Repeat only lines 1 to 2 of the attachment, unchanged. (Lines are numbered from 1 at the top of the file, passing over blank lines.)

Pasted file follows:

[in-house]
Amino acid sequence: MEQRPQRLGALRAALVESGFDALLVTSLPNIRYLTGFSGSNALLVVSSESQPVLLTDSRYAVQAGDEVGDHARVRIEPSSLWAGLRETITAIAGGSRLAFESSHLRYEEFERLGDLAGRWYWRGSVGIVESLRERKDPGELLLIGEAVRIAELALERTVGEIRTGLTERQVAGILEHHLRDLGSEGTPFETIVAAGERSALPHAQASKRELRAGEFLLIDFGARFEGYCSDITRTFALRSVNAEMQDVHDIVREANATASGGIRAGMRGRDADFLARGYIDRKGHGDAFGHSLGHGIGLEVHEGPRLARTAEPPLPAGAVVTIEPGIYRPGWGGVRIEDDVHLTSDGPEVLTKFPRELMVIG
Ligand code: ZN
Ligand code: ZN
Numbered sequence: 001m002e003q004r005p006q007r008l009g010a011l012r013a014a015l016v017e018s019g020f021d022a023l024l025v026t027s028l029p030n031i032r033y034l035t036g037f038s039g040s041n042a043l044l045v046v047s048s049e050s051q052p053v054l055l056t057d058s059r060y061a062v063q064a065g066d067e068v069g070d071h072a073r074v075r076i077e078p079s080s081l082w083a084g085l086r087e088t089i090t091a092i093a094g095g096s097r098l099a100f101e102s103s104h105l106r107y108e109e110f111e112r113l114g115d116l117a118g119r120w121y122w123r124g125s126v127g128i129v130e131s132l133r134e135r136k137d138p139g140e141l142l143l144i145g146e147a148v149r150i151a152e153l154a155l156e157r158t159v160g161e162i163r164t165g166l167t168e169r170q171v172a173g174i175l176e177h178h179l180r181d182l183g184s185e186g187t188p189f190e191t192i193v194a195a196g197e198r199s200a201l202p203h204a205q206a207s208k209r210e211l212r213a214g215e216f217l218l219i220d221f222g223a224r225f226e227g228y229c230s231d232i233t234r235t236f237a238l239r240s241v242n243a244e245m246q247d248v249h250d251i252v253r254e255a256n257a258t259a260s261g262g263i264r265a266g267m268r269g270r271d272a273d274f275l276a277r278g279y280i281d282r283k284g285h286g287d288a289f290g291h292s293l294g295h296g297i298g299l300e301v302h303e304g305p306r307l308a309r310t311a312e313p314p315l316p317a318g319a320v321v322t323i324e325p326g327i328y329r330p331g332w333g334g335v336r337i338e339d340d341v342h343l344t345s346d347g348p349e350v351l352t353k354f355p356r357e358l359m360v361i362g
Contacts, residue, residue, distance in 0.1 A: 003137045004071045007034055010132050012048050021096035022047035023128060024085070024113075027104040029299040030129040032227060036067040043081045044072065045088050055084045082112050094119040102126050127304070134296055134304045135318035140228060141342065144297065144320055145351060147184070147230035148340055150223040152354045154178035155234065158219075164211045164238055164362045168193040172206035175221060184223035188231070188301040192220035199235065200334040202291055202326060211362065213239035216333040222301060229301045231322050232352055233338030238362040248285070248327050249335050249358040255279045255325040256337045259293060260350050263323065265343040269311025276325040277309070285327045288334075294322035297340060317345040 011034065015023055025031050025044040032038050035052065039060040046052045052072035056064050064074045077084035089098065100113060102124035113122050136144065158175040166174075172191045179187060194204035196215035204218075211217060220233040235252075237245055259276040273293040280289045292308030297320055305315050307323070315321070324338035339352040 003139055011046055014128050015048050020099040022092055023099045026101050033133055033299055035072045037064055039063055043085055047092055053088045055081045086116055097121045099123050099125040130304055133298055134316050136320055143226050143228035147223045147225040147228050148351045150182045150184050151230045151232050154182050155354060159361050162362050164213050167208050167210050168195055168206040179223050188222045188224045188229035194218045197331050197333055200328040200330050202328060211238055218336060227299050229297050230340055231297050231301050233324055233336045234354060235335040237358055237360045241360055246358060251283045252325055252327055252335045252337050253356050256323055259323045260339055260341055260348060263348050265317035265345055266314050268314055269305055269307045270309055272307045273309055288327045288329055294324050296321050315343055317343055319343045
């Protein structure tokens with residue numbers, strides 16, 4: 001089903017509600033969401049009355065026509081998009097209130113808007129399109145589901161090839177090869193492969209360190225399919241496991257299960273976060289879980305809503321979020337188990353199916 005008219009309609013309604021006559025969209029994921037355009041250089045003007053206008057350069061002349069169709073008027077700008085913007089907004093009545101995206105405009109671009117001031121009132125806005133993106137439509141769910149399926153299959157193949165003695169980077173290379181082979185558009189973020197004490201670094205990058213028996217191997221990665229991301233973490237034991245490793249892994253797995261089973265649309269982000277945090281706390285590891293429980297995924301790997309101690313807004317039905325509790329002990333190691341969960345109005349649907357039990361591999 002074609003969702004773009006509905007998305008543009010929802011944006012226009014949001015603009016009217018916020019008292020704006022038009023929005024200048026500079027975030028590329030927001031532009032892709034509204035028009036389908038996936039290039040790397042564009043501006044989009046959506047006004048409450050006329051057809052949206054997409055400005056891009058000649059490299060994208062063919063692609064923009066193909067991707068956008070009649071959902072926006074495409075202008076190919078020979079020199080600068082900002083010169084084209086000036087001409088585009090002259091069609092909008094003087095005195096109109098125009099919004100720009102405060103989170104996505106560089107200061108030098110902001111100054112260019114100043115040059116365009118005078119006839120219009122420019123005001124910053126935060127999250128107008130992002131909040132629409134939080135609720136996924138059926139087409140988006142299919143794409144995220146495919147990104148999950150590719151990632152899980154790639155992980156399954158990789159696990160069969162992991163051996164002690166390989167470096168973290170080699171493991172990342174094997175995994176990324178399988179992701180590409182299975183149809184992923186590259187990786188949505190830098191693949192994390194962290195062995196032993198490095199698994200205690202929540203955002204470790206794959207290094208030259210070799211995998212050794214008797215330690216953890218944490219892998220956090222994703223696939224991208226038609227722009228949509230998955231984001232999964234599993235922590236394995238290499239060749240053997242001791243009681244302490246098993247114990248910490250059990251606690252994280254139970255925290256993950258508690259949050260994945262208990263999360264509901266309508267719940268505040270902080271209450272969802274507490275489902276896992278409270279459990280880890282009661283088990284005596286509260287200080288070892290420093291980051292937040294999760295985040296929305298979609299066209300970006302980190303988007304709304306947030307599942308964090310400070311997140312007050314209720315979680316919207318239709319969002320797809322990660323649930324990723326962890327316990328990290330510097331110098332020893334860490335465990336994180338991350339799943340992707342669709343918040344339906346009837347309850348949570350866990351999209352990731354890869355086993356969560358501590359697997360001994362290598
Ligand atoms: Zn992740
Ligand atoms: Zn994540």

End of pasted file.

[in-house]
Amino acid sequence: MEQRPQRLGALRAALVESGFDALLVTSLPNIRYLTGFSGSNALLVVSSESQPVLLTDSRYAVQAGDEVGDHARVRIEPSSLWAGLRETITAIAGGSRLAFESSHLRYEEFERLGDLAGRWYWRGSVGIVESLRERKDPGELLLIGEAVRIAELALERTVGEIRTGLTERQVAGILEHHLRDLGSEGTPFETIVAAGERSALPHAQASKRELRAGEFLLIDFGARFEGYCSDITRTFALRSVNAEMQDVHDIVREANATASGGIRAGMRGRDADFLARGYIDRKGHGDAFGHSLGHGIGLEVHEGPRLARTAEPPLPAGAVVTIEPGIYRPGWGGVRIEDDVHLTSDGPEVLTKFPRELMVIG